Karina Rykman identifies as “genre-fluid.” The bassist/singer is almost frighteningly conversant on the guitar sparring of Derek Trucks and Warren Haynes, 311, Captain Beefheart and metal. After learning the White Stripes’ “Seven Nation Army” on acoustic guitar in the eighth grade, Rykman learned to play bass by listening to favorite artists — eventually sometimes playing with them.
One such artist, Rush’s Geddy Lee, sent her his new Big Beautiful Book of Bass with a personal note. They’d never met, but he’d seen an online clip of her schooling a random dude who’d questioned the propriety of Rykman wearing a Rush t-shirt. The man dared her to “name one Rush album,” and Rykman promptly rattled off four. “You want them in chronological order!? You fucked with the wrong bitch!,” she says.
Rykman’s citizen challenger clearly didn’t know that the New York native played in a band with virtuoso guitarist Alex Skolnick of Testament while in high school. By her early 20s, Rykman had jammed with Wilco’s Nels Cline, keyboardist John Medeski, jazz drummer Billy Martin and experimental jazz/rock multi-instrumentalist Marco Benevento. Those experiences have clearly shaped her diverse but cohesive debut album, possessed of a vibe both youthful and mature.
Her first album, Joyride, was co-produced by Phish’s singer/guitarist Trey Anastasio, whom Rykman met when she was in school with his daughter. The album captures Rykman’s musical singularity and diversity without losing what she says is her “essential Karina-ness.” Her in-the-pocket playing is malleable and by turns fluid, funky and super-heavy. The modern indie psychedelic approach on Joyride serves up a generous smattering of instrumentals, while Rykman’s own voice proves delicate yet potent on the shimmering title track, which features Anastasio on guitar.
In addition to frequent sideperson work, her aforementioned power trio—Adam November (guitar, loopers, effects) and drummer Chris Corsico—have been playing and touring since 2017. Prior to the pandemic, Khruangbin invited Rykman’s band to open for them, despite not having an album. Once shows resumed, Rykman performed at Bonnaroo in 2022 and opened for the Infamous Stringdusters and the California Honeydrops at Red Rocks. Also that year, she filled in on bass with the 8G Band on NBC’s Late Night with Seth Meyers.
Despite her musical precociousness, Rykman didn’t grow up in an overtly creative environment. The only child of a philosophy professor father and a French professor mother, she’s almost entirely self-taught. She says not taking lessons ensured she would never lose her enjoyment of making music, a philosophy further strengthened by her solitary encounter with an instructor: “I did have one piano lesson with this very strict guy when I was in fifth grade. I was like, ‘Yeah, we’re done with that.’”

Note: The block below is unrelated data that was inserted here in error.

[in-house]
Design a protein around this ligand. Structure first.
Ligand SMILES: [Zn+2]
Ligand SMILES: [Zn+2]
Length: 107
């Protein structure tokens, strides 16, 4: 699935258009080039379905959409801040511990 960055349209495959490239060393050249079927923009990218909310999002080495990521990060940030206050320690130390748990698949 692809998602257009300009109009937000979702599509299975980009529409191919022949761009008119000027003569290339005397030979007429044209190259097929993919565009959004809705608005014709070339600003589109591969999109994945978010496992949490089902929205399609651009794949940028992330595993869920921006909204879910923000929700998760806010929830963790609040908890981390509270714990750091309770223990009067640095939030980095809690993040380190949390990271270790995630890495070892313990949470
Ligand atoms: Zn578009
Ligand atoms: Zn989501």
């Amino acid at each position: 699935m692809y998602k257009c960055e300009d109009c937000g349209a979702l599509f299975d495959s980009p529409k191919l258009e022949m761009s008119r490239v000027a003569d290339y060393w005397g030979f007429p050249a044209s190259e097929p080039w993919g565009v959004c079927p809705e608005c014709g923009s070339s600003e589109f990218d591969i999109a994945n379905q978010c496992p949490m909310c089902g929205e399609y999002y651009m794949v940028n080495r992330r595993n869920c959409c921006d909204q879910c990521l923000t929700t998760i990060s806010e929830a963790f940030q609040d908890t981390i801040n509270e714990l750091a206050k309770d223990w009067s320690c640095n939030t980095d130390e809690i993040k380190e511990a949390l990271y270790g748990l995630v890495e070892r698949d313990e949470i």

As a young autodidact with musical sensibilities ranging from chart-toppers to esoteric jazz, she had the rare ability to combine and create from that base/bass. “Weaving in and out of the mainstream is very interesting to me,” Rykman says. “I like to study all of it. I like to learn and explore. I’m just a weird chameleon.” That sensibility served her well at NYU’s Gallatin School of Individualized Study, which allows students to create their own major. Rykman’s choice? “Invention and Distribution in Contemporary Music,” she says. “Both the creative and business sides.”
Well-meaning fans sometimes praise Rykman by comparing her to Tina Weymouth of the Talking Heads. “That’s a huge compliment, of course. I’m the biggest Talking Heads fan this side of the Mason Dixon,” she says. Yet, she wonders, “Why did you get that idea? Because I’m blonde, and female? I feel as much Geezer Butler and Cliff Burton in my playing as I do Tina Weymouth.”
The cited bassists, however, are neither lead singers nor in a three-piece. “It’s really fun to play bass in a bombastic power trio because you can’t overdo it, which is awesome,” she says with a grin. There are no limits, despite the stripped-down format. “I’m a huge fan of Rush, the Police, Primus and Morphine; there are so many examples of Incredible power trios,” she continues.
Despite her music nerd leanings, Rykman is far from the stereotype of a precious muso. “I believe in the person-to-person connection, the blurring of the lines between audience member and performer,” she says, a fact made clear at every jubilant live performance. “There’s no pedestal. I’m part of a band creating the music for that space. We’re no different [than the crowd]. We’re just energy transfer units, enjoying something together in the same moment in time and space.”